Written by: Anthony Morgan
The English Gothic-style Washington National Cathedral is among several historic venues in the United States (US) that will be filled with the incomparable sounds of the Jamaica Youth Chorale (JYC) this week.
The highly talented and internationally acclaimed group is in the US on its Redemption Songs tour, which showcases the choral repertoire of Jamaican and African American composers to commemorate and celebrate Black History & Reggae Month in February.
The choir is making its first stop at the in Washington DC-based Cathedral today (Feb. 2), with a free 30-minute concert just after noon.
Funding partners and other invited guests of the group were treated to snippets of the repertoire at a pre-tour recital in the Ballroom of King’s House on Sunday (Jan. 29) afternoon.
Founder and Musical Director of the JYC, Greg Simms, in his opening remarks thanked the partners in attendance for their support, which made the trip possible.
He noted that the group spent a lot of time fine-tuning its preparations to ensure that the members can effectively represent the country, even amid the winter temperatures.
“We would have used these past few weeks since our Christmas Joy production to really get the repetitions (rep) together and we are excited to go and present these top-class compositions from our Jamaican (composers), as well as put our own unique interpretations on those arrangements done by our African American counterparts,” he said.
The pre-tour recital, which got underway at 4:00 pm, was just under an hour long and included Noel Dexter’s ‘Bright Soul’, ‘Suppose We Doh Meet’ arranged by C.S. Walters, and Greg Simms’ spin on the popular folk tune, ‘Evening Time’.
Notable Jamaican composer, Dr. Kathy Brown, was also in the mix with her arrangements of Bob Marley’s ‘Redemption Song’ and ‘Wonderful Jamaica’.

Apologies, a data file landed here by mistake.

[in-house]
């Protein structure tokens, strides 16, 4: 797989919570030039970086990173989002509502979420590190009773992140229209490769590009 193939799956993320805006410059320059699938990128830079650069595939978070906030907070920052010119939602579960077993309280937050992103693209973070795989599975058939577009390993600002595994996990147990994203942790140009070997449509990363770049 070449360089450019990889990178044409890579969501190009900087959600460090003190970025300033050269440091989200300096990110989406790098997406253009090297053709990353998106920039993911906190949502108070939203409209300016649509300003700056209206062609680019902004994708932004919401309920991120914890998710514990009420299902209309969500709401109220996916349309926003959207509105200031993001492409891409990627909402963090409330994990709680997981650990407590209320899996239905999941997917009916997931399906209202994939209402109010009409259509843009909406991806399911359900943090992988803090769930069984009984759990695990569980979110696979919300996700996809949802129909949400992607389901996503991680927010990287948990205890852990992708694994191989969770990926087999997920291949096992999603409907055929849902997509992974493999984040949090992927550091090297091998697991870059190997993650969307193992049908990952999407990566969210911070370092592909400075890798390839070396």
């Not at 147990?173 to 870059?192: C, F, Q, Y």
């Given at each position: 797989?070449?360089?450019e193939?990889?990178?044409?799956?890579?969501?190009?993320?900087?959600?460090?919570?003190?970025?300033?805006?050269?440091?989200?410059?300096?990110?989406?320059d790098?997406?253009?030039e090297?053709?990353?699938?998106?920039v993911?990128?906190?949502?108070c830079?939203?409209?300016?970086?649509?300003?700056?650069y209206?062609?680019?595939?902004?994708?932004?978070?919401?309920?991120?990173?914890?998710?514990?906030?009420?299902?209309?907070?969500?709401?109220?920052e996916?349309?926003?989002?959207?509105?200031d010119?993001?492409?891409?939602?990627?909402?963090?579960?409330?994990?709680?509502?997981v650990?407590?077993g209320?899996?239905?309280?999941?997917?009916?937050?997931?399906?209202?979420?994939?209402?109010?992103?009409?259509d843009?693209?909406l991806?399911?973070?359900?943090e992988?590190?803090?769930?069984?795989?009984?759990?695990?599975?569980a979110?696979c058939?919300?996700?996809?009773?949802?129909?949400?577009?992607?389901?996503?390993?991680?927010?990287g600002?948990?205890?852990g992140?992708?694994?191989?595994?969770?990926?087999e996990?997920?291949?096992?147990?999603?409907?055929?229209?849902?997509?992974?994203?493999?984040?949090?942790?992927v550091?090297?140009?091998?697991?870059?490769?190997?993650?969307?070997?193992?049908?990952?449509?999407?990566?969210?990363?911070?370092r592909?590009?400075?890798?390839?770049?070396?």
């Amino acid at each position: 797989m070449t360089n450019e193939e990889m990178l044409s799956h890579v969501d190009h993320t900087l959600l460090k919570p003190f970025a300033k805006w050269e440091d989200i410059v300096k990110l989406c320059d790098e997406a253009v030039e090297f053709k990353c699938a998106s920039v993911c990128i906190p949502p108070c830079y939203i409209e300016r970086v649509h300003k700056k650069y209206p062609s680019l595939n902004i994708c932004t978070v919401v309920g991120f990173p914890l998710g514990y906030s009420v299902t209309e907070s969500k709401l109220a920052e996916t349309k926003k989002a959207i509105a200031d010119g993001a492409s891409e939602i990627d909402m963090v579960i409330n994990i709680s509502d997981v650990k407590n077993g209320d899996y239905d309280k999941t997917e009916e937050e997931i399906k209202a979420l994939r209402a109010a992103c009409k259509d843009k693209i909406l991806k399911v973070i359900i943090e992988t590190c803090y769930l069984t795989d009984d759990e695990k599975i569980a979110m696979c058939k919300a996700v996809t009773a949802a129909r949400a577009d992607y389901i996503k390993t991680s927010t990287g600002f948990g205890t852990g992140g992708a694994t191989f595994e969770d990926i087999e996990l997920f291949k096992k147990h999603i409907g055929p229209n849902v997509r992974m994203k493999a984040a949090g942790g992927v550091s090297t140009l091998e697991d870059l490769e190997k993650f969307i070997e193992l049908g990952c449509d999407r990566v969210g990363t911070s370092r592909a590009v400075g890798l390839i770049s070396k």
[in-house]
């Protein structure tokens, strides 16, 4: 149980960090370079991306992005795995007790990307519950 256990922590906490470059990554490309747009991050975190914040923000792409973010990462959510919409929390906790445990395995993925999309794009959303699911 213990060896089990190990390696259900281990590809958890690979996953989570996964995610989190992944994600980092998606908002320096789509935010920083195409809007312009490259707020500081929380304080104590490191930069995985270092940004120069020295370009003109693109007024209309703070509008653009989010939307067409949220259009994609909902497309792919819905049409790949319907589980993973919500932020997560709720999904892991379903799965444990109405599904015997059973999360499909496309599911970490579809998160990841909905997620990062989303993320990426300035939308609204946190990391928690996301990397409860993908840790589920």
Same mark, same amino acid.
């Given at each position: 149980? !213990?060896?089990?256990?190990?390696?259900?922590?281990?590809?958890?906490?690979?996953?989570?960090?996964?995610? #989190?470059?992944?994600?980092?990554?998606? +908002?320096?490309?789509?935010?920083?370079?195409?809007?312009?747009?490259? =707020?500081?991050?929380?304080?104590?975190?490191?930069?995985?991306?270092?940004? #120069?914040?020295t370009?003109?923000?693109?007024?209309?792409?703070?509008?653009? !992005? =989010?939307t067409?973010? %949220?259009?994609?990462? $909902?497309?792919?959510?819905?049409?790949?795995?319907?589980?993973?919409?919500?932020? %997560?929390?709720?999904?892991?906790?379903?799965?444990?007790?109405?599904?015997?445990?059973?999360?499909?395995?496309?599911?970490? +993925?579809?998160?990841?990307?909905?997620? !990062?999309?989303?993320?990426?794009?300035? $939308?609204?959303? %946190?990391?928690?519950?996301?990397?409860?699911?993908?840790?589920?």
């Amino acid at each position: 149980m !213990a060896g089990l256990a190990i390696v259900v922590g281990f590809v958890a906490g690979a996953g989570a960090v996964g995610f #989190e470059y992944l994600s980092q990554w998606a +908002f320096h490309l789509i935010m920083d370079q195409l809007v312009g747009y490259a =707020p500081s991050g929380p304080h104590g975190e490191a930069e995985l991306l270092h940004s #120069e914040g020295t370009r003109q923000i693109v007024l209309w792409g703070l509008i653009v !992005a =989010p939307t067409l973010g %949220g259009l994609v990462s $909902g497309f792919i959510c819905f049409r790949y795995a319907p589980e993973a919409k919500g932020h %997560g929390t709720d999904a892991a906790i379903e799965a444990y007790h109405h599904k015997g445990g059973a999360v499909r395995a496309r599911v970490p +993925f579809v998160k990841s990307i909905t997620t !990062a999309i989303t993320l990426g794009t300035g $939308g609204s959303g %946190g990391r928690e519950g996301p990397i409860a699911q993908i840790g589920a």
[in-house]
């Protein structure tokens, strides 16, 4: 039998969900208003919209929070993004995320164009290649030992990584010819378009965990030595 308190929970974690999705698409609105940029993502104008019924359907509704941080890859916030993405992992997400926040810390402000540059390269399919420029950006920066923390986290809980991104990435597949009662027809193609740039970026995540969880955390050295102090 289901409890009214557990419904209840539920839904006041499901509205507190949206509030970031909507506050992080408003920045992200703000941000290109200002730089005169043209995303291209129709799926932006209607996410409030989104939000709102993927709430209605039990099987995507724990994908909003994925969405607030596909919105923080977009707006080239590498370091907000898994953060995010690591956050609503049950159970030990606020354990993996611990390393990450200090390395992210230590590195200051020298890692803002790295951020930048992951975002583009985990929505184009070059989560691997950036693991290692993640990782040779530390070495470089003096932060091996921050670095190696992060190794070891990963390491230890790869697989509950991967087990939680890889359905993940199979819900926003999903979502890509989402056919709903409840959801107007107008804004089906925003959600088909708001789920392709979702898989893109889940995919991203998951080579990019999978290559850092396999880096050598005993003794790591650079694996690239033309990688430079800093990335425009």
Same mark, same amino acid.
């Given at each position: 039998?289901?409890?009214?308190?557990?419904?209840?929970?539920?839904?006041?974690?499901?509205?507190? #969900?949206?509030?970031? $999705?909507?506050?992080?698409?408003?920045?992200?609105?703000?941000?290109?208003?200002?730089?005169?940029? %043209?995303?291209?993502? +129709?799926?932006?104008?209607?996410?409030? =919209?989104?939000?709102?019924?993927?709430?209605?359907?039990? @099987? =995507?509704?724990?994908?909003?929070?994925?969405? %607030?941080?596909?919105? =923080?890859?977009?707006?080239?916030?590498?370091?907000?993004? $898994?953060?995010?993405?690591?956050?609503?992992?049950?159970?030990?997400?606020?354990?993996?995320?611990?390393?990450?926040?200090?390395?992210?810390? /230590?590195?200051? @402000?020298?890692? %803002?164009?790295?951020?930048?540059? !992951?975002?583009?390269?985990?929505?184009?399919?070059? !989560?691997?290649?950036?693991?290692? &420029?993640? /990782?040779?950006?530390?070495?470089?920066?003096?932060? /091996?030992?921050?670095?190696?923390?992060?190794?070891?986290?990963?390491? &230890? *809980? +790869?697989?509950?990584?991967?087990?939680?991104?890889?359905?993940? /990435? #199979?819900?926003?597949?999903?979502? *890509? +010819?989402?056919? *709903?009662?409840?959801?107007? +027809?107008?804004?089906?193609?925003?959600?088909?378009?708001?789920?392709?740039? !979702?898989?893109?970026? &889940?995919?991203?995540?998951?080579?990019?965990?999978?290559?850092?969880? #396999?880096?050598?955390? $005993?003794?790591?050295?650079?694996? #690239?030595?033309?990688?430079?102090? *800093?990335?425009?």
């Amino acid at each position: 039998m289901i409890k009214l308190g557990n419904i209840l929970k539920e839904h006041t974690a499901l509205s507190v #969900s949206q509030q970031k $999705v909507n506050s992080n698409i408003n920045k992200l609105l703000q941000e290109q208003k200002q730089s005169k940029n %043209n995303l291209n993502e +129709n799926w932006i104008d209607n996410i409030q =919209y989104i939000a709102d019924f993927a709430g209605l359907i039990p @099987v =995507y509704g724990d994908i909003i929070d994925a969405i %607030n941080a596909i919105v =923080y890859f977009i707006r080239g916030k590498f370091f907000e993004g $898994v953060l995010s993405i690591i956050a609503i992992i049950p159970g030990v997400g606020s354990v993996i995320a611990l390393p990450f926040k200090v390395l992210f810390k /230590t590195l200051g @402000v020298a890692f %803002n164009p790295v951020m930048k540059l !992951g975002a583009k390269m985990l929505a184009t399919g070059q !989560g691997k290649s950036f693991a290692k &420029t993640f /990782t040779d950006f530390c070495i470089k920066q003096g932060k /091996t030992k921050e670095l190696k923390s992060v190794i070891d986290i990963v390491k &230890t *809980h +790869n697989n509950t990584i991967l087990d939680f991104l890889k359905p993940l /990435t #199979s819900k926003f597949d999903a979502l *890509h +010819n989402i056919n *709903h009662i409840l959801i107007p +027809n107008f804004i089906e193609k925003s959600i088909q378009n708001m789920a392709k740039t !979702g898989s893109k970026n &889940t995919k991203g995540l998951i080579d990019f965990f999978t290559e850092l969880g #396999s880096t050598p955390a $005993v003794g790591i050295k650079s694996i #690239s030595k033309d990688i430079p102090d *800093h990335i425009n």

The choir’s versatility was evident from the show opener, ‘Lift Every Voice and Sing’ a composition by African American Roland Carter, and flowing into Stacey V. Gibbs’ serene arrangement of the popular hymn ‘Shall We Gather at the River’.
Mr. Simms said the group wants to use the experience to exchange and network with other choirs, composers and creative professionals as well as engage with the Jamaican Diaspora.
As such, while in Washington DC, the group will also interact in a cultural exchange activity with students at the internationally-renowned Duke Ellington School of the Arts, as well as make a stop at the National Museum of African and American History and Culture.
Additionally, they will give a free concert at the historic Church of the Epiphany.
From Washington DC, the group will travel to Virginia on February 4 for a performance inside the historic Shiloh Baptist Church under the patronage of former US Ambassador to Jamaica, Ambassador Pamela E. Bridgewater.
Before returning to Jamaica, the group will also journey to New York for a full concert at the St. Augustine’s Episcopal Church on February 5.
The Redemption Songs Tour concludes the JYC’s winter concert season, which started in December 2022 with the return of Christmas Joy inside the Philip Sherlock Centre for the Creative Arts, University of the West Indies (UWI), Mona.
Funding for JYC’s winter season has come from the Culture, Health, Arts, Sports and Education (CHASE) Fund’s Entertainment Industry Support Initiative (CEISI) 2022.
CHASE’s Public Relations and Administrative Manager, Hilary Coulton, who was among the invited guests at the King’s House recital, commended the group on the execution of the programme and offered the agency’s blessing for the US tour.
“Good luck on your trip,” she said, while urging the members to make adequate preparations for the cold weather.
The VM Group, another funding partner, was also represented at the pre-tour recital by Chief of Staff, Natasha Reid; Assistant Vice President for Group Corporate Affairs and Communications, Clover Moore; and Deputy Chief Executive Officer (CEO) for VM Property Services, Allison Morgan.